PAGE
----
LOEX was lots of fun!
I felt a good measure of relief that this was my last conference of the month. So far, so good: no illness, no devastating embarrassment. It was all going quite well. I surprised myself by feeling very little at LOEX. Mostly I just bided my time, waiting for my workshop to be over, spending time with instruction librarians in the awful conference hotel during the day and the Honky Tonk district at night. I saw familiar faces from last year’s LOEX conference and met new people, too.
It was really bizarre to wander around during the grad student poster session and think, This was me last year! It was only at that point that it hit me that I was one of the only (if not THE only) grad student doing a non-poster session. I felt kinda proud then.
Throughout LOEX I tried to secure a job for my friend and co-presenter Ted. I’d find myself sidling up to him and a colleague, saying some variation on, “Have you met Ted?” Much in the same sense of Barney introducing Ted in How I Met Your Mother–though of course, the goal being employment rather than a date.
Our workshop (“Remix Your Data: Visualizing Library Instruction Statistics“) went well. The room was packed. I was overheating and trying to breathe. Ted and I had made so many alterations to our presentation… originally we had a lot more introduction but chose to pare it down because we absolutely wanted to get through all of our content. Because we were encouraging participants to follow along on their own laptops, we had a hard time estimating how long it would take everyone to get through the exercise. I prefer to underestimate tech skills than overestimate, plus we needed to make sure we have some padding in case of technical difficulties. After lots of back and forth, we chose to slim down our introduction, move quickly through the visualization walkthrough, and leave time for questions and discussion.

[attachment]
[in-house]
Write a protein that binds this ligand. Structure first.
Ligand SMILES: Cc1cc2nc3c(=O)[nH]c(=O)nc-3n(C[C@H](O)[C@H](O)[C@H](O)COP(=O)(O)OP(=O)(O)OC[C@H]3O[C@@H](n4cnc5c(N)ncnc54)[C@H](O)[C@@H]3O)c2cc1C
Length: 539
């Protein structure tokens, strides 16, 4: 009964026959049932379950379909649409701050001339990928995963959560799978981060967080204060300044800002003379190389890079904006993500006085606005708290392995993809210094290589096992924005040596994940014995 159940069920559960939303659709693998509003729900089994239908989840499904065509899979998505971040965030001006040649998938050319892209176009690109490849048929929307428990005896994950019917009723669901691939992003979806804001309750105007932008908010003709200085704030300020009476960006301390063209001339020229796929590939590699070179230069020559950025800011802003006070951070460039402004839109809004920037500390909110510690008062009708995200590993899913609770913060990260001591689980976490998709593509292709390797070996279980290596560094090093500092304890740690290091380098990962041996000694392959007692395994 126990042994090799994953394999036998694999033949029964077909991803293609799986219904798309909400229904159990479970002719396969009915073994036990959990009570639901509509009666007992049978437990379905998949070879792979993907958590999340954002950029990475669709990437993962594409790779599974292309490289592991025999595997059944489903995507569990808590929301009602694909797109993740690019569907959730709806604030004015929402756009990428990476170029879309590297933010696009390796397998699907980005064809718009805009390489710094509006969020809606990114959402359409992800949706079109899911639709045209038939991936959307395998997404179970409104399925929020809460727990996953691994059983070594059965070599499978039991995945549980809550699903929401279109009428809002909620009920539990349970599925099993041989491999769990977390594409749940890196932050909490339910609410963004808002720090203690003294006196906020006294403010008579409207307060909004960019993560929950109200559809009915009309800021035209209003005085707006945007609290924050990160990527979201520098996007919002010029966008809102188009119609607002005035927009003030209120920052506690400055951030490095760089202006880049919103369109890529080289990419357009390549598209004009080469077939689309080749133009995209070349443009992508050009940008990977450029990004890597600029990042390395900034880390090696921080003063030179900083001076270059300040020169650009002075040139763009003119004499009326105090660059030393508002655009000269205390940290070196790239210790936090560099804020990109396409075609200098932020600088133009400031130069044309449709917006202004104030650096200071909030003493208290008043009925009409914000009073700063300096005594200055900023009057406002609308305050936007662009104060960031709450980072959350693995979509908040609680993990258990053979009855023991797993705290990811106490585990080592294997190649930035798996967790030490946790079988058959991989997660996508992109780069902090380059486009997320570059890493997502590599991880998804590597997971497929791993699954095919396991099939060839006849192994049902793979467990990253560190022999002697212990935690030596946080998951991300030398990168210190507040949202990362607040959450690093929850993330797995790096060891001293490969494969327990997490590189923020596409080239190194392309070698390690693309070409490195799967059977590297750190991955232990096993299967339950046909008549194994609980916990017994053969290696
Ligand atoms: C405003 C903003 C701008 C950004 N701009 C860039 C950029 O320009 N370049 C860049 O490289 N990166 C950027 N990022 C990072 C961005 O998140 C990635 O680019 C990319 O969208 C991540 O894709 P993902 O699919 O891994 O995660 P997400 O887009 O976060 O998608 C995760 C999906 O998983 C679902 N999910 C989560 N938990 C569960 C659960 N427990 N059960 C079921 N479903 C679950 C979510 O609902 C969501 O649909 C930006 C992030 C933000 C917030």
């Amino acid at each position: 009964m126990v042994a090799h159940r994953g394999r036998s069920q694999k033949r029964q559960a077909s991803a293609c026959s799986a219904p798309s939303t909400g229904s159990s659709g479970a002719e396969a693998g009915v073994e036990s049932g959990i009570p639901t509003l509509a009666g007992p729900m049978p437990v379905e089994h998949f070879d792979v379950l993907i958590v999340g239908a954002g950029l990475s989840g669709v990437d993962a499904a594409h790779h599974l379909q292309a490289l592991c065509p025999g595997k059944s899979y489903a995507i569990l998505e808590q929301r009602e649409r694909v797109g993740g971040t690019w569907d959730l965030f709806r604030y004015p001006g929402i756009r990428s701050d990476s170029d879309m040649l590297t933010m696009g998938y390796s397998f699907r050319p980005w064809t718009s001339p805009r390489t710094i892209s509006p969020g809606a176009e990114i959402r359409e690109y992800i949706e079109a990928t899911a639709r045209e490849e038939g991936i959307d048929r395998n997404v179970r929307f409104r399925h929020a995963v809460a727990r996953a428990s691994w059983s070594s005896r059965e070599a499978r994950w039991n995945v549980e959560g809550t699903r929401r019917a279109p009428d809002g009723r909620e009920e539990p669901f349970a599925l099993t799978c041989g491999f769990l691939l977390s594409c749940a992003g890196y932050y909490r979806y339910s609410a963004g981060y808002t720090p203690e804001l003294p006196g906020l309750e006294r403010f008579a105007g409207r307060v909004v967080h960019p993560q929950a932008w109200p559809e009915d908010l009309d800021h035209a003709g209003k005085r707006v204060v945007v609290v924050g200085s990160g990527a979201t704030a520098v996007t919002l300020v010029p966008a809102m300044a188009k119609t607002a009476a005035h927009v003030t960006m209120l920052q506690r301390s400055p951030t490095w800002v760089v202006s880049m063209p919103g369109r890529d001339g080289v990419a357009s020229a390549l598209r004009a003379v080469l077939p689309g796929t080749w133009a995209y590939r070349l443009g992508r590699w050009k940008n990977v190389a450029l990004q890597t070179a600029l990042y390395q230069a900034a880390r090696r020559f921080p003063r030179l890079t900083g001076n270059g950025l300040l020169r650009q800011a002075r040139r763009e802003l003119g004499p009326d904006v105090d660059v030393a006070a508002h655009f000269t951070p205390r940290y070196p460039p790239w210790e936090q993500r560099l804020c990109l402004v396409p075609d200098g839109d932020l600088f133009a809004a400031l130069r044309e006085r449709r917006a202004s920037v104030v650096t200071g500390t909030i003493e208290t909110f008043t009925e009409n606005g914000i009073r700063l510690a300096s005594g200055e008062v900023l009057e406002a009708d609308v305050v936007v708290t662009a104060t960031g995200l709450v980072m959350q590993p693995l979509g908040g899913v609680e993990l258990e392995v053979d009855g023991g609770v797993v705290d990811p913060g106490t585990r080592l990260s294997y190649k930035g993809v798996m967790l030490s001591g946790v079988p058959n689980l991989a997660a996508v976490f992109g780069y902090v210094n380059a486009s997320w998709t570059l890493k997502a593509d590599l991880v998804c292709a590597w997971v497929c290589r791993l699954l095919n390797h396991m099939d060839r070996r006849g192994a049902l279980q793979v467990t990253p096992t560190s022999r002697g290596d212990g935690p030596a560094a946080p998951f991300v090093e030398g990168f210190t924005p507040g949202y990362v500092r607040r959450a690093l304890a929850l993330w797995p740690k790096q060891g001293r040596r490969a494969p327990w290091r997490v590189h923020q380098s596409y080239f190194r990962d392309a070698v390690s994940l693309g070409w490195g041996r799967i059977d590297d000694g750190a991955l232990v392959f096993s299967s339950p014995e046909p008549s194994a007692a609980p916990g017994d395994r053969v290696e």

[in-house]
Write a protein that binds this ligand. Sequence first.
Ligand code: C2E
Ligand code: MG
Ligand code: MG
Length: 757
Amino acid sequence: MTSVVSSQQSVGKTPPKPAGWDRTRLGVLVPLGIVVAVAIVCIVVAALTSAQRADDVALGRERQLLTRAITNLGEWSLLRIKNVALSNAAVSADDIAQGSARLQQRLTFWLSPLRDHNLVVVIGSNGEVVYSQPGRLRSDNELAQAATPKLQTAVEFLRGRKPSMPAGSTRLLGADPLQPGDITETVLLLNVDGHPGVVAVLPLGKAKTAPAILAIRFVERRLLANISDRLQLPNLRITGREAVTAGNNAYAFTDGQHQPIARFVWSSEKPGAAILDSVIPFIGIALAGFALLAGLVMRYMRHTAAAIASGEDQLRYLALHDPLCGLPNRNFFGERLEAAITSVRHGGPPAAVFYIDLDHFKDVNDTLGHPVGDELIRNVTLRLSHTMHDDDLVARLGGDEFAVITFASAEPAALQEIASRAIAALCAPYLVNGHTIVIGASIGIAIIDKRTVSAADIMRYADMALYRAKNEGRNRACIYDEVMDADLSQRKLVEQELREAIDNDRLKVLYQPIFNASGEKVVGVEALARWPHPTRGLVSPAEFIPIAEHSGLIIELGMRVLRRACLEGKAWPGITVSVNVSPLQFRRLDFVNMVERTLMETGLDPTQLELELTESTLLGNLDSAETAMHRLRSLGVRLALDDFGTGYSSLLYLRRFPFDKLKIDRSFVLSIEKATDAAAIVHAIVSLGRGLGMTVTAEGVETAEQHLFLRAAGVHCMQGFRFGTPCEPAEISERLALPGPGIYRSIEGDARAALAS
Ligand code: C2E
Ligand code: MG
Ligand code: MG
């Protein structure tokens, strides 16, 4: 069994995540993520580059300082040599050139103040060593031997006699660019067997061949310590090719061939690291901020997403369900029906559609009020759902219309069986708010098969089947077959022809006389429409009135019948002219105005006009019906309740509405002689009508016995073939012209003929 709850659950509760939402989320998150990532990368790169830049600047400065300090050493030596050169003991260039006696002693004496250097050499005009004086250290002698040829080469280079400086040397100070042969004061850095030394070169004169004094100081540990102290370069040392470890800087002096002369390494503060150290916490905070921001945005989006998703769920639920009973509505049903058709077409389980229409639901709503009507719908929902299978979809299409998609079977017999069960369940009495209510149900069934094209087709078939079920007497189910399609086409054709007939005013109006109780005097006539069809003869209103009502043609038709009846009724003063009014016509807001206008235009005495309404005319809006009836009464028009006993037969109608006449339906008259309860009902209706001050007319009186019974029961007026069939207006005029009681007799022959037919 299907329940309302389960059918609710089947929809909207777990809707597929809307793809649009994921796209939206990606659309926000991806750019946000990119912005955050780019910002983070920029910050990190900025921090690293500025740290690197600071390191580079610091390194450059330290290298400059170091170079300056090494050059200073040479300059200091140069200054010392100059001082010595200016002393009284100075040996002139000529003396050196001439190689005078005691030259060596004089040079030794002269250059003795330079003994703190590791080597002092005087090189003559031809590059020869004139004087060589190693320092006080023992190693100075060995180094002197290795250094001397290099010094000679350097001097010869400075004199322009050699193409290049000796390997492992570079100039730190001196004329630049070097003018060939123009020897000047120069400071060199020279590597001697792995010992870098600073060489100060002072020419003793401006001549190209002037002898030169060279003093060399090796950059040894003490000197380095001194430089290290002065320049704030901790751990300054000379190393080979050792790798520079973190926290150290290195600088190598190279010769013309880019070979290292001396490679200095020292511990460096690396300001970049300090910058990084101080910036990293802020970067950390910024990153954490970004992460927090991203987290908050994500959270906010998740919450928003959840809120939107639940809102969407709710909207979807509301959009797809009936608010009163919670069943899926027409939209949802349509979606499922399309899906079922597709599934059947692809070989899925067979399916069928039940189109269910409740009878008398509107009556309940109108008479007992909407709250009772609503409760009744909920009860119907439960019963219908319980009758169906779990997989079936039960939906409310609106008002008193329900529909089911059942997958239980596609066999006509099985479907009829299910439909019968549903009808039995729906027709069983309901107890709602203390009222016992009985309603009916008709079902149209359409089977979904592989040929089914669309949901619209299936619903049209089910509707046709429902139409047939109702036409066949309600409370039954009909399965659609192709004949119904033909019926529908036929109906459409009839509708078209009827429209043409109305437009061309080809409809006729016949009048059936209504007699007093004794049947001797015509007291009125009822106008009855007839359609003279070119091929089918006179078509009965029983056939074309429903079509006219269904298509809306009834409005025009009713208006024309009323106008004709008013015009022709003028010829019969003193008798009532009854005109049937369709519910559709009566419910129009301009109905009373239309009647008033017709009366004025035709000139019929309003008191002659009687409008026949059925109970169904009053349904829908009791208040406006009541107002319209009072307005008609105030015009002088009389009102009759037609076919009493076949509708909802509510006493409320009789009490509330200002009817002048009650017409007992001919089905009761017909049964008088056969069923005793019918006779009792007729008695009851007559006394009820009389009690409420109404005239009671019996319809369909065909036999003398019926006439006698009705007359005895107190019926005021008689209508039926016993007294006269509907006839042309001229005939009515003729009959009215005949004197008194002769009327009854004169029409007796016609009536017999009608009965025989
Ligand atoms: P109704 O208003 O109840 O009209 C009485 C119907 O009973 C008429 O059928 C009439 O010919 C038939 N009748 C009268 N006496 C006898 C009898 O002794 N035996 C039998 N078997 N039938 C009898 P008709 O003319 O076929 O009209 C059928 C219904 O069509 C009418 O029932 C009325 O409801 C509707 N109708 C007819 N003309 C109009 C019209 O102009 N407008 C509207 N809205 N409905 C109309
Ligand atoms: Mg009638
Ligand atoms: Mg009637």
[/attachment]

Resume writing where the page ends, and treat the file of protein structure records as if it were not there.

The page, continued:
In the end, I think this was the right choice. Few people chose to work on their laptops, which was probably a good thing as we only had two people roving to help. Some people seemed happy and excited by our workshop, some still seemed confused. We did our best to answer questions but I understand the confusion. There’s a steep learning curve to the basics of data, data visualization concepts, and the softwares we used, Sci2 and Gephi. Hopefully the fact that we passed out flash drives with the dummy data and documentation pre-loaded was helpful to attendees.
A few weeks after LOEX, I received our attendee evaluations in the mail–and promptly got a sinking feeling in my gut. After staring at the envelope for probably 15 minutes I finally opened it. Most of the responses were positive, with only a few stating things like, “This wasn’t appropriate for beginners.” All in all, I feel good about what we provided to attendees. It was a great learning experience for me, too–structuring technical workshops is tricky business.
I fell in love with Nashville while I was at LOEX. I forget that it’s only a four hour drive from Bloomington and now I’m determined to make another trip before ending up somewhere else in the country next year.
One last thing I want to note for any grad students who end up reading this. If you are at all interested in public services librarianship, and certainly if you are interested in instruction or assessment, strongly consider attending LOEX. It is a very accessible and friendly conference that is organized exceptionally well. And student rates are cheap! I’ve had a great experience both years, and especially now that I can compare it to a conference like ACRL (which was amazing, in its own right) I can appreciate the smaller size and focus of LOEX.